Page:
Or another title: Resistance Fueled by Outrage.
On Monday, the former CEO and Chairman of AIG appeared before a House committee. During their testimonial, a congressman revealed that AIG had spent some $440K on a fancy retreat a few days after the US government gave the company billions of dollars. On Tuesday, Senator Obama mentioned that retreat during the debate.
On Thursday MSNBC announced that AIG claimed that the retreat was not for AIG executives, but for top sales people. One of the MSNBC commentators said that this was common practice. Salespeople loved these events. And it was a good way to keep salespeople who could just as easily promote products of their competitors in the fold. That evening, a Thursday edition of Saturday Night Live mocked the retreat.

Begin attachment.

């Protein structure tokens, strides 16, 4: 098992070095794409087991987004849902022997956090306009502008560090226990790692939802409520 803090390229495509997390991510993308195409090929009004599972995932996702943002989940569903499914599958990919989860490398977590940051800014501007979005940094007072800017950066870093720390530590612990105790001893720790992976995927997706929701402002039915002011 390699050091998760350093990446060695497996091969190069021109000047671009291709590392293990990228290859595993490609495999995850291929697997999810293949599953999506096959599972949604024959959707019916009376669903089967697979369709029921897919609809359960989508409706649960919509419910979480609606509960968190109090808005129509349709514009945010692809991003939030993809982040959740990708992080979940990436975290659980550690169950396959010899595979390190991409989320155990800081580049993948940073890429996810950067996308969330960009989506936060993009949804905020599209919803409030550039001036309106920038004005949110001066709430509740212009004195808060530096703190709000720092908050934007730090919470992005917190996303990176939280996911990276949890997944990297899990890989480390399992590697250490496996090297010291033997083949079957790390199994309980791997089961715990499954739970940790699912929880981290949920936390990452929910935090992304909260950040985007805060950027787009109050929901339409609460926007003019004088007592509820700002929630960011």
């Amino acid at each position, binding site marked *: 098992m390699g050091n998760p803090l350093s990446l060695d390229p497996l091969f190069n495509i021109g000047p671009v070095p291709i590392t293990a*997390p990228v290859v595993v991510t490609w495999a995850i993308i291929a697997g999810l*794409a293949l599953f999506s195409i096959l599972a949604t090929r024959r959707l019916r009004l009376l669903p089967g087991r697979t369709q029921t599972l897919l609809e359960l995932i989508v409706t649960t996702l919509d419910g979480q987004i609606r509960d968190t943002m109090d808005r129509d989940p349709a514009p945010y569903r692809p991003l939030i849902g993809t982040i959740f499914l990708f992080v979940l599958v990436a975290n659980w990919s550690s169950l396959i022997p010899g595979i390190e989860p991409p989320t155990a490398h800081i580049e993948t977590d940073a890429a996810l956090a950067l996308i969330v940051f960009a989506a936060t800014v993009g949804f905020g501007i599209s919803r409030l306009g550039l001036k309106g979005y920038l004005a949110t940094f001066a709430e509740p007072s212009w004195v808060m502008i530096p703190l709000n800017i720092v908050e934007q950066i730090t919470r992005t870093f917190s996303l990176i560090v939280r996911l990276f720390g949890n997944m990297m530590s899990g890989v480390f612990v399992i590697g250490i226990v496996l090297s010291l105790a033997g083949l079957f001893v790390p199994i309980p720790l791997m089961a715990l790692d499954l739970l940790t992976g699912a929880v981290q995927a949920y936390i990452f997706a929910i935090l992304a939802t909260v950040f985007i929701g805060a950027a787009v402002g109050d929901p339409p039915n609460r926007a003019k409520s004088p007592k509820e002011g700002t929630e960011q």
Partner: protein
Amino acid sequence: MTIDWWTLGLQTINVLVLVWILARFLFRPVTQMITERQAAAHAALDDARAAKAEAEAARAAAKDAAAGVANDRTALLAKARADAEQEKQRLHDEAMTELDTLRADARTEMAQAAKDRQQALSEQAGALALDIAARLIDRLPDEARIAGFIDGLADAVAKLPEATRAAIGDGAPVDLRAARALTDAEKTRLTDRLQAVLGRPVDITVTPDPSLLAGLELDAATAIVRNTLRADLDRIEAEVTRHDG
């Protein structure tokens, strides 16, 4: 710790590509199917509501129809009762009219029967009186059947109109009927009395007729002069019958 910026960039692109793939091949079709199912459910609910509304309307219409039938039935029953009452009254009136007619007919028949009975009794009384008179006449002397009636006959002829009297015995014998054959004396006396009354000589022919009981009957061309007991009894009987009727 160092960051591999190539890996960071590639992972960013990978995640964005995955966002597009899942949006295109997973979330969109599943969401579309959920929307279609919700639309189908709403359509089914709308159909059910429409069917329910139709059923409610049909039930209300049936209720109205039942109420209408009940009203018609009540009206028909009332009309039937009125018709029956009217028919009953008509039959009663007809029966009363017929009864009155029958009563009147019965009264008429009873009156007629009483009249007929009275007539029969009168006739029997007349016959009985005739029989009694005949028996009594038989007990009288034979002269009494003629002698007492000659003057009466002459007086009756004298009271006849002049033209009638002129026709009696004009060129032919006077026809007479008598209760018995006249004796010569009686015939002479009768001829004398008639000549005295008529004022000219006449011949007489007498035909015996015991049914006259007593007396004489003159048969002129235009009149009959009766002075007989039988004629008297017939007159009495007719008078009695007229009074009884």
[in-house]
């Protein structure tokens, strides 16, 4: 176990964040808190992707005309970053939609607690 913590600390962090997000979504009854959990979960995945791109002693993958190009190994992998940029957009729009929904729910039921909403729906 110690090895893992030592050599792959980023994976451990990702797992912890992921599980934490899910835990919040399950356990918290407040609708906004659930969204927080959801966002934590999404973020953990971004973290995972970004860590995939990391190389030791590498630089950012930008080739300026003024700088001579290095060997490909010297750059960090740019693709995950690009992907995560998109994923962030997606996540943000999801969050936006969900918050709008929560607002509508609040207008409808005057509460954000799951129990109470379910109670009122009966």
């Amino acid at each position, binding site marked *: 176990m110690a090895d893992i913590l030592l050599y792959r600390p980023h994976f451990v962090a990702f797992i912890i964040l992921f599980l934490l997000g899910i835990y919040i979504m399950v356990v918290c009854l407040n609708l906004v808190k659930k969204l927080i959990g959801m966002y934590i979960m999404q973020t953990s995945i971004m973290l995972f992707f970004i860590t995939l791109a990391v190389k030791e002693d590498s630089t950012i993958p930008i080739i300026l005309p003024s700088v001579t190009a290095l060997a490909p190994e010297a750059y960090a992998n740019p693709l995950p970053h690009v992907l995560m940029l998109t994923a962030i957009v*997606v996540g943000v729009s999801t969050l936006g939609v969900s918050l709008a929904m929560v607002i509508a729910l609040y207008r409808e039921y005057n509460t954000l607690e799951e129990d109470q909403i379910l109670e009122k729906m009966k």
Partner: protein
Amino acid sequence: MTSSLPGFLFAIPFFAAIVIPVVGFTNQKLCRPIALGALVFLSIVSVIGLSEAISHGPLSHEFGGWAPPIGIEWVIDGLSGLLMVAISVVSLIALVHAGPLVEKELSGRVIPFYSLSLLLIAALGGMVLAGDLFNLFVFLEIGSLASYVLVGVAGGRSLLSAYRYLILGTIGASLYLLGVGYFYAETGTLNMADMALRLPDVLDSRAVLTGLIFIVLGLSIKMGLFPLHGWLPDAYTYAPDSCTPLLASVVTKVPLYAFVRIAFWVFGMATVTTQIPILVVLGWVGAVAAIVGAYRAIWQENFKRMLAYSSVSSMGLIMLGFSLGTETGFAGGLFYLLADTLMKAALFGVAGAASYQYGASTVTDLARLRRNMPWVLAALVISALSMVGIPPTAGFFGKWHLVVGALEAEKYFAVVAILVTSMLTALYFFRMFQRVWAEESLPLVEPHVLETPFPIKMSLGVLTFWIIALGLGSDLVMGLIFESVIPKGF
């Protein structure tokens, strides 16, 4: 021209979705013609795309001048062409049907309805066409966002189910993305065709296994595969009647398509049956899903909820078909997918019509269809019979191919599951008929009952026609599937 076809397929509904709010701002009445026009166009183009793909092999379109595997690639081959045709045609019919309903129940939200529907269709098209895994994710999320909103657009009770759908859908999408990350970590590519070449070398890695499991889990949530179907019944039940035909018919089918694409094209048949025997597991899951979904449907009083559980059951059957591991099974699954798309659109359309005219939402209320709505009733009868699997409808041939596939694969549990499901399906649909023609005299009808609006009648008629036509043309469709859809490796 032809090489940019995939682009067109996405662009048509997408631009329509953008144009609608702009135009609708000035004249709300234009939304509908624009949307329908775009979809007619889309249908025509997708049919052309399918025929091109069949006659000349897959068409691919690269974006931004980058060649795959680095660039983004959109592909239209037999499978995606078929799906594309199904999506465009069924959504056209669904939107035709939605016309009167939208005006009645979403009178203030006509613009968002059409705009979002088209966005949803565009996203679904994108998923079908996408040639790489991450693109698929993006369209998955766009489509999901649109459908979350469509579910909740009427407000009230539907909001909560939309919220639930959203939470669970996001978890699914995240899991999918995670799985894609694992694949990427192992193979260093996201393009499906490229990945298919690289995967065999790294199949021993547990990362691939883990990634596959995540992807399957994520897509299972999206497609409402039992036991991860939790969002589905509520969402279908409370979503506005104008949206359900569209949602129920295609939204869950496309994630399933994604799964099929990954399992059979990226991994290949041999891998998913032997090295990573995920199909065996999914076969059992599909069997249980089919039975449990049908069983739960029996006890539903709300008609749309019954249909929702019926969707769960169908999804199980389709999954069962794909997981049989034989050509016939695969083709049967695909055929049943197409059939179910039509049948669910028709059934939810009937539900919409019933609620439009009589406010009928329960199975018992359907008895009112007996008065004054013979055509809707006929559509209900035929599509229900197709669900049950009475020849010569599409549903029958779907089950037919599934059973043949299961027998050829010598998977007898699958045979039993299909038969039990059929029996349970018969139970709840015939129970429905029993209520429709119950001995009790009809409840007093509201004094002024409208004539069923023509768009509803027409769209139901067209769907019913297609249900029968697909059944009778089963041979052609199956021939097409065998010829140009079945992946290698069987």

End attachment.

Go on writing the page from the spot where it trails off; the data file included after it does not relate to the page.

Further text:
AIG executives should have seen it coming. Someone should have said, “Wait a minute, we got a problem here. If we go ahead with the retreat, it will make us look really bad. Should we go ahead?”
Maybe they would have decided that the expense was legitimate and important. If so, they should have come up with a plan for announcing this prior to the event.
Once people are outraged, retractions sound weak. And Saturday Night Live’s case only accented those feelings.
Leaders in organizations would do well to pay attention to this phenomenon if they want to avoid resistance to change fueled by outrage.